A Range of Aesthetics

Multiplicity of expressions marks the content this exhibition which invites viewers to explore and relish the works on display

Published: 17th April 2018 10:50 PM  |   Last Updated: 18th April 2018 02:36 PM   |  A+A-



Express News Service

HYDERABAD: Collaborations and exchanges are the standards of the contemporary world. The ongoing exhibition Waves Across at the Telangana Fine Art Gallery is the venue of one such montage where 30 artists have come together to share their practices. A good mix of local, national and international artists have displayed their paintings, sculptures and mixed media works.

The curatorial agenda was to create a window for a like-minded group spread across the globe. By contributing their works to this show they seemed to have worked up the creative waves which have touched the shores of this historic city of Hyderabad.  Jointly curated by artists Neetu Singhal, Krishna Ashok and Sastry Sanyasayya the exhibition brings to the fore “… diverse cultures and…styles ranging from figurative, abstract and semi-abstract resounding with the exuberance of a universal aesthetic language.”

In the alphabetical order the participating artists are Amit Kumar Das, Amit Du, Agnes D' Cruz Rajesh, Archana Rajguru Biswas, Bhaskar Rao. B, D.V.S. Krishna, Filipe Garcia (Portugal), G.Srinivasa Rao, Hanumantha Rao Devulapalli, Ipek Denizli Kargoz (Cyprus), Jackie Lima (USA), Krishna Ashok, Manoj Agarwal, Neena Singh, Neetu Singhal, Raju Epuri, Rangoli Garg, Rohini Reddy, Srinivas Reddy. B, Sanjay Ashtaputre, Satya Sai, Sangeeta Gupta, Sastry Sanyasayya, Srinivasa Rao Potelu, Tala Afshin (Iran), ThotaVaikuntam, Vasudeva Rao. N, U. Vijay Kumar, Ursula Clark (USA) and Violette Mishchenko (Ukraine).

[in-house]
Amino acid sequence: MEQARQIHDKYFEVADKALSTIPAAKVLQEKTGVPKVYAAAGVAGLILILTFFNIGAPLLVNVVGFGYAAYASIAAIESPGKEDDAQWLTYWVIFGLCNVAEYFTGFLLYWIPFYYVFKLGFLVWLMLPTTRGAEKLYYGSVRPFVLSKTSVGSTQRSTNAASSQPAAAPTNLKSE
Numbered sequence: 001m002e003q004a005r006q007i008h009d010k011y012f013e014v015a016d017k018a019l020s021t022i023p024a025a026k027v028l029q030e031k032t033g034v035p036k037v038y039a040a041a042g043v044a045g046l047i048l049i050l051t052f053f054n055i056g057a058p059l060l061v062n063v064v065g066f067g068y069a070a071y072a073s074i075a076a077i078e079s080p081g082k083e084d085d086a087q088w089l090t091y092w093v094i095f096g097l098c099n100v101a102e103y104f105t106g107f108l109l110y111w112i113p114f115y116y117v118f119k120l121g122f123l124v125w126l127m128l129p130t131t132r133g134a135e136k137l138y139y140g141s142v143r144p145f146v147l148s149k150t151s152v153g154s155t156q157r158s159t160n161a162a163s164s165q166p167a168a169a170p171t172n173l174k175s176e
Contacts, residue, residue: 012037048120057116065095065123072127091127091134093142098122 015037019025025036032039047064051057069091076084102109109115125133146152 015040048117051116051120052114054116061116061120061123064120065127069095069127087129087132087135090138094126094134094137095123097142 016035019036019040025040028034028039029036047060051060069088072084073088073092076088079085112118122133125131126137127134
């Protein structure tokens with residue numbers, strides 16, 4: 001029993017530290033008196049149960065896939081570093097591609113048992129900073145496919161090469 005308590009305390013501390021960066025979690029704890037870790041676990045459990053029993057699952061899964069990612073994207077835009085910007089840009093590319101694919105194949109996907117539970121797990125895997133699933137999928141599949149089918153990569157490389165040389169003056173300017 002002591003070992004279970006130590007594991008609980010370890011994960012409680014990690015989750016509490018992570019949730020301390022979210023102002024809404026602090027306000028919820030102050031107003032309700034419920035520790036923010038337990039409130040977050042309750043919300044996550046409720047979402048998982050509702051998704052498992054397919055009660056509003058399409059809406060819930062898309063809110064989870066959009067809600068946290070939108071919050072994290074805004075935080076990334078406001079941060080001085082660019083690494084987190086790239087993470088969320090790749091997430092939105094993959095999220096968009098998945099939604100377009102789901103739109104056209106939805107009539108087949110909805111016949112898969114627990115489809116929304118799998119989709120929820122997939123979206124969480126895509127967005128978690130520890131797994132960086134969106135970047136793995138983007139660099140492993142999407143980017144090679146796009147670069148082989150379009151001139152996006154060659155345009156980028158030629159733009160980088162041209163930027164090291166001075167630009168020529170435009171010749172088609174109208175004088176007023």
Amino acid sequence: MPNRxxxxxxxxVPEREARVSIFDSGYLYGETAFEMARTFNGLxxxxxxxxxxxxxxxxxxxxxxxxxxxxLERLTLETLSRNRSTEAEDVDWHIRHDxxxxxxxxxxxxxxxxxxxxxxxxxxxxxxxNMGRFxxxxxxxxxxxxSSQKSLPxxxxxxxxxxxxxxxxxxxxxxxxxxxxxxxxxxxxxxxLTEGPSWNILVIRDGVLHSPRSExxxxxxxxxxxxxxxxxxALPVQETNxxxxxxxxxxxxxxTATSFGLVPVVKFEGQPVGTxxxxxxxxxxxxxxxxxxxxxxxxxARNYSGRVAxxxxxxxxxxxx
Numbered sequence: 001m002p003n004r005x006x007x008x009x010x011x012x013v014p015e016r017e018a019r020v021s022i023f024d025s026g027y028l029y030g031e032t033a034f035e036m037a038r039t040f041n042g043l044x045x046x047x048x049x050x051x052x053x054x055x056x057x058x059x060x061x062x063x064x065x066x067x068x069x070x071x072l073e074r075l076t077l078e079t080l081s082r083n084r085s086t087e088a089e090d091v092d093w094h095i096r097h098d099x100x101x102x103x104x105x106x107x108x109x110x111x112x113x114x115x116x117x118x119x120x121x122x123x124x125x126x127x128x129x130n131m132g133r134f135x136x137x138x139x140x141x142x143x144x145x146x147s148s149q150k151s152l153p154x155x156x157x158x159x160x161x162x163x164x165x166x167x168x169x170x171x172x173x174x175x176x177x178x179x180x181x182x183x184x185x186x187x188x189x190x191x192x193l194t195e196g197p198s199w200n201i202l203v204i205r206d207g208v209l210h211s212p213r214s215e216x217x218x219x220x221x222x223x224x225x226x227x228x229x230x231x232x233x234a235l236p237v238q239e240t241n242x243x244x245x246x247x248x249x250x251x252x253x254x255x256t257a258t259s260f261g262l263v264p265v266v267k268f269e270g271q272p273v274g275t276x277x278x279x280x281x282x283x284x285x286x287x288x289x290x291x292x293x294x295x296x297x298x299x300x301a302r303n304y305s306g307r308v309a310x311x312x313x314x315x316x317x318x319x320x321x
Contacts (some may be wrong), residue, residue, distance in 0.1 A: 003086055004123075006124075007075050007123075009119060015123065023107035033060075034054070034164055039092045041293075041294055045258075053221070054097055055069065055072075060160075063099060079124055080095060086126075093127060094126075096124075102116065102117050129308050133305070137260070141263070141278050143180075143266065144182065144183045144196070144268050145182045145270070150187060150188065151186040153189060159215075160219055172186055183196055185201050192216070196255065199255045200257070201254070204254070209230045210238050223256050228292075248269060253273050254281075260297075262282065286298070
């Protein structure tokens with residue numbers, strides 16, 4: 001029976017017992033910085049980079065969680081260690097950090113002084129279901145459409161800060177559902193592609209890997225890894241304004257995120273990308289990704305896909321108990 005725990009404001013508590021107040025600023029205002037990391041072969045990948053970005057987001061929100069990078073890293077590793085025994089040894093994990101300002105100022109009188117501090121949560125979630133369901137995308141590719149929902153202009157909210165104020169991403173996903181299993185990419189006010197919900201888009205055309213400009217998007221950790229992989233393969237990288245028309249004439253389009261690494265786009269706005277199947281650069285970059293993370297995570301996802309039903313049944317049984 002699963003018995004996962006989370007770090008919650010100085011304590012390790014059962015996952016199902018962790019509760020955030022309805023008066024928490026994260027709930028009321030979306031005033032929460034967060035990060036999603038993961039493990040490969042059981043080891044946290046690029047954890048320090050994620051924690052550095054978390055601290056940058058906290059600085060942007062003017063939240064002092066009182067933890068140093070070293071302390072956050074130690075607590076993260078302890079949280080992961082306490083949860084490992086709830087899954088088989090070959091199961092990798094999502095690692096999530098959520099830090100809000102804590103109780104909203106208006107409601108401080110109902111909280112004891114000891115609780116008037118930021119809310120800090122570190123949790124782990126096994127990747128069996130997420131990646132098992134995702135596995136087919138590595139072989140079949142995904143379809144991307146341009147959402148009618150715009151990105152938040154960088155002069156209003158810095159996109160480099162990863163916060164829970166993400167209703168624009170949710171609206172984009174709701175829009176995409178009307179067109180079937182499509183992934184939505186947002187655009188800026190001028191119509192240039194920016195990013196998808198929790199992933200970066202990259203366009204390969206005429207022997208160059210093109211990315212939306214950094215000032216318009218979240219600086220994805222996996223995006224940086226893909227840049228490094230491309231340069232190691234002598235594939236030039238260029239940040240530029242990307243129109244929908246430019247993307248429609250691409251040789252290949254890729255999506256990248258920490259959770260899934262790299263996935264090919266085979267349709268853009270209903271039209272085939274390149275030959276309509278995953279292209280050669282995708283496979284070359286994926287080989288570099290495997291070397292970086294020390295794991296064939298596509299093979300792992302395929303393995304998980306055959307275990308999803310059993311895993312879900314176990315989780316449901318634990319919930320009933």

The sculptures of DVS Krishna, Rohini Reddy, Srinivas Reddy, G Srinivas Rao, Manoj Agarwal and  Vasudeva Rao instantly fill up the spectator's vision but the cynosure of the eye from this impressive display are the masks of artist Archana Rajguru Biswas: they are the most charming, vibrant and singular in character and form.  

This multicolour set of works extends a very interesting statement with regard to the creative agenda and the media involved. As human psychology, nature and behaviour are her primary concerns of the artist, she takes her interest to another level by combining crochet work and her interpretation of mankind. Therefore, by dismissing traditional painting and applying the classic old-fashioned craft of crocheting she equates the gender equation of the female kind.

This exhibition celebrates beauty and aesthetics; the showcase is certainly a lyrical one. Both Indian and international artists invest onto the canvas a sense of harmony and beauty.  While Sastry Sanyassayya and Srinivas Rao Potelu indulge in the Zen method of painting intuitively, exploring their own aesthetical journey in the non-representational play of colour and form, artists like Amit Kumar Das explore the more sensitive aspects of life such as emotions which are delicately expressed in the form of a tree.

While the tree is a symbolic representation of the artist himself, the graphic of the tree seems to cover the entire gamut of the universe, yet again symbolising the merging of the outward and the inward – the loops of the roots, the trunk and the top of the tree is minutely rendered around delicate etchings of the paper which appear textured like a lace. Amit’s work stands out singularly not just for the quality of his concept and skills but also due to a serious quotient of design thinking. Although, multiplicity marks the content of this exhibition this show has a neat display which invites the viewers to explore.

The exhibition is on till April 20


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